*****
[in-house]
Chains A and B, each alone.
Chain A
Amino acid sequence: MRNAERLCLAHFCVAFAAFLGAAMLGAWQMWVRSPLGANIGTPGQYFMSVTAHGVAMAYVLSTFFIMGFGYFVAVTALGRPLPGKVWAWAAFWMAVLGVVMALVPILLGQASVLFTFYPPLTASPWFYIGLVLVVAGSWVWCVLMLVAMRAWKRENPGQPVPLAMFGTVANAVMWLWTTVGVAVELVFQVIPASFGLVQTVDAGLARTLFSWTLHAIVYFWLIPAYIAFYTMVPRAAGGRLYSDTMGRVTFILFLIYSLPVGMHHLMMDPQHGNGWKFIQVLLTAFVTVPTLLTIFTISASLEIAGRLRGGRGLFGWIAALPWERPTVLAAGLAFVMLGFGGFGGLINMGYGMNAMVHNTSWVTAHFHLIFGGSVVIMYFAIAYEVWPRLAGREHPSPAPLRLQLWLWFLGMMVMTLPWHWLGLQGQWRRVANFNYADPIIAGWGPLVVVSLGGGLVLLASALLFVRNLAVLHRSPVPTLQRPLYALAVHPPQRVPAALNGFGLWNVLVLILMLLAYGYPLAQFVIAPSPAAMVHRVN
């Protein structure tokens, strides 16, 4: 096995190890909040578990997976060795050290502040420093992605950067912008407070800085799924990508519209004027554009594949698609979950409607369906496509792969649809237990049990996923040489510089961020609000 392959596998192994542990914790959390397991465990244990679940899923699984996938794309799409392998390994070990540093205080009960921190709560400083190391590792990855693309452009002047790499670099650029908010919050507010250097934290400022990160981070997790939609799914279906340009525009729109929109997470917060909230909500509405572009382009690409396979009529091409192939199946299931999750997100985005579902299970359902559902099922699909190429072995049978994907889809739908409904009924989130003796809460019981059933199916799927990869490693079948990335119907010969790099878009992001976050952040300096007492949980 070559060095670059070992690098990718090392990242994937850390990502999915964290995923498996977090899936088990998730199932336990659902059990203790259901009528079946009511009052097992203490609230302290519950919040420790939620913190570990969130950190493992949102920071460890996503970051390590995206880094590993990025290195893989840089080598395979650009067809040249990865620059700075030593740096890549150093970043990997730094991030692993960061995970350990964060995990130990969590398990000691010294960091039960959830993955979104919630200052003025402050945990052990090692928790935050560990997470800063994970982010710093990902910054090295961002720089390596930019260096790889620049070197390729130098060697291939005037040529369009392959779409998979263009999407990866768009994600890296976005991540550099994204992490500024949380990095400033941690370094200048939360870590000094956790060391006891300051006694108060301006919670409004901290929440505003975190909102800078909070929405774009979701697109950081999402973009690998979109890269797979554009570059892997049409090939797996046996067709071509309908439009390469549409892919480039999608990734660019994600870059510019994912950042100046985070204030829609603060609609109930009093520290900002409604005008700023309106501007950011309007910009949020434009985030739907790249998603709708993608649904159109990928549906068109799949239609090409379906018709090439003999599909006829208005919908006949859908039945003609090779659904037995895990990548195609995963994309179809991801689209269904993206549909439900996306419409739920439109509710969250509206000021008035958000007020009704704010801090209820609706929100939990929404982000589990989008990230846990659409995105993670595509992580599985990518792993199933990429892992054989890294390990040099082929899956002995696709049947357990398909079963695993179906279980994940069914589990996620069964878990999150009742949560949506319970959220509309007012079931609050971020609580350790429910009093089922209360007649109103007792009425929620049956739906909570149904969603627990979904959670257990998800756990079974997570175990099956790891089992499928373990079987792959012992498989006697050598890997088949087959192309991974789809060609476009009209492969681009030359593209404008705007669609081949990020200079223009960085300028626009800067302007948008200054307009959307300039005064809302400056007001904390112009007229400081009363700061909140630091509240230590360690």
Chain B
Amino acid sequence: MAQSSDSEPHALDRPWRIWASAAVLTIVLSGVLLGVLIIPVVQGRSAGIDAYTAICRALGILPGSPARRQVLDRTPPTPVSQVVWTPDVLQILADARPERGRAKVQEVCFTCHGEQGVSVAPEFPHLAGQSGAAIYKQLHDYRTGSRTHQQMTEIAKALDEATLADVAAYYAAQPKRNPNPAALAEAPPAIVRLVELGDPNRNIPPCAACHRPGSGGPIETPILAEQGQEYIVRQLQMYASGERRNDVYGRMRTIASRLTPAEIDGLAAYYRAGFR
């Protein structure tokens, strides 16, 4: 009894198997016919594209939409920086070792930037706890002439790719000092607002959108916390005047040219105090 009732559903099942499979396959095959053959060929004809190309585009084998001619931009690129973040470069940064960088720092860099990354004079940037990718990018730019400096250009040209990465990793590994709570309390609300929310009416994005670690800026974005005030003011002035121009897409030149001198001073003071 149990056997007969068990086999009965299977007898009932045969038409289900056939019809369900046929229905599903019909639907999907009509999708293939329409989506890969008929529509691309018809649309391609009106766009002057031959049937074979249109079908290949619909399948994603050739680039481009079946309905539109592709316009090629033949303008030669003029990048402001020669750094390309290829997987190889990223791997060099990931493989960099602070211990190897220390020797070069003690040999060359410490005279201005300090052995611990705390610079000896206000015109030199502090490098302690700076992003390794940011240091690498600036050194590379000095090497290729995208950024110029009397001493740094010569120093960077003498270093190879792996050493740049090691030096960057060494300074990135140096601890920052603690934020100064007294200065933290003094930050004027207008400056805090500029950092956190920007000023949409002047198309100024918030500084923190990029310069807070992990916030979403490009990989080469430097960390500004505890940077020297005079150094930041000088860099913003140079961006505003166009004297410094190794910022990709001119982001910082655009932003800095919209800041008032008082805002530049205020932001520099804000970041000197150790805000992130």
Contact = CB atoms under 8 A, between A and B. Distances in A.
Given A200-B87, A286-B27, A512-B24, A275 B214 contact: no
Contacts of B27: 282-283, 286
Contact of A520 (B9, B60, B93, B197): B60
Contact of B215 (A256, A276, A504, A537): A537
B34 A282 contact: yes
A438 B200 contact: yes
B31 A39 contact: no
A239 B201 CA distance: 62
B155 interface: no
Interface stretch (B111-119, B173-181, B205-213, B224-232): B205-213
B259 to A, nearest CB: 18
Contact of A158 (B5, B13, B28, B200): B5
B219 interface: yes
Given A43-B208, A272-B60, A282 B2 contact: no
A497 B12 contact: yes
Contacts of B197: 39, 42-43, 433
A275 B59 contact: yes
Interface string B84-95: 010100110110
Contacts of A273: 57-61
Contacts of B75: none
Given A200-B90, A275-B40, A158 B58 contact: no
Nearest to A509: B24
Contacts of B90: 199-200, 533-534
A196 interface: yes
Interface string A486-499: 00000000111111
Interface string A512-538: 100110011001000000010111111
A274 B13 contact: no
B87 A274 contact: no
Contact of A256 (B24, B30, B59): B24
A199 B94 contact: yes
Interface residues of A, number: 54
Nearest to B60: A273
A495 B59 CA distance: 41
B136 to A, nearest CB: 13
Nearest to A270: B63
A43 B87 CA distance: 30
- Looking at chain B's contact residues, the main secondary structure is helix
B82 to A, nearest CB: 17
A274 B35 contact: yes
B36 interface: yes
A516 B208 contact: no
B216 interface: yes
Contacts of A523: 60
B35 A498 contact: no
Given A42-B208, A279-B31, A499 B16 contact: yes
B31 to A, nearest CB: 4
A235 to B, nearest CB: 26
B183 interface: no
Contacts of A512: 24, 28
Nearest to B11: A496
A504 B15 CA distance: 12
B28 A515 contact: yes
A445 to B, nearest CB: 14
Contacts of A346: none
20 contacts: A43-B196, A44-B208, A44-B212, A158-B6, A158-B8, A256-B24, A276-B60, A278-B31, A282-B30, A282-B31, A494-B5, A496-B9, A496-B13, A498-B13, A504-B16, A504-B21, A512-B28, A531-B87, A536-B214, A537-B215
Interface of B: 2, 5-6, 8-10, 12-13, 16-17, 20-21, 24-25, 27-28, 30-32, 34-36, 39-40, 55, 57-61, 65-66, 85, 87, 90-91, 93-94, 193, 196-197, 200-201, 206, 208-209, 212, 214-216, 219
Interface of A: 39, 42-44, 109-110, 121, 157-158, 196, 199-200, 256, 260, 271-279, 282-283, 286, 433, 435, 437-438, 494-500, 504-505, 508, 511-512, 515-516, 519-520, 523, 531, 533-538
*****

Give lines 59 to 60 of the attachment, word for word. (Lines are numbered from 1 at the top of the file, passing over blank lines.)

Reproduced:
Nearest to B11: A496
A504 B15 CA distance: 12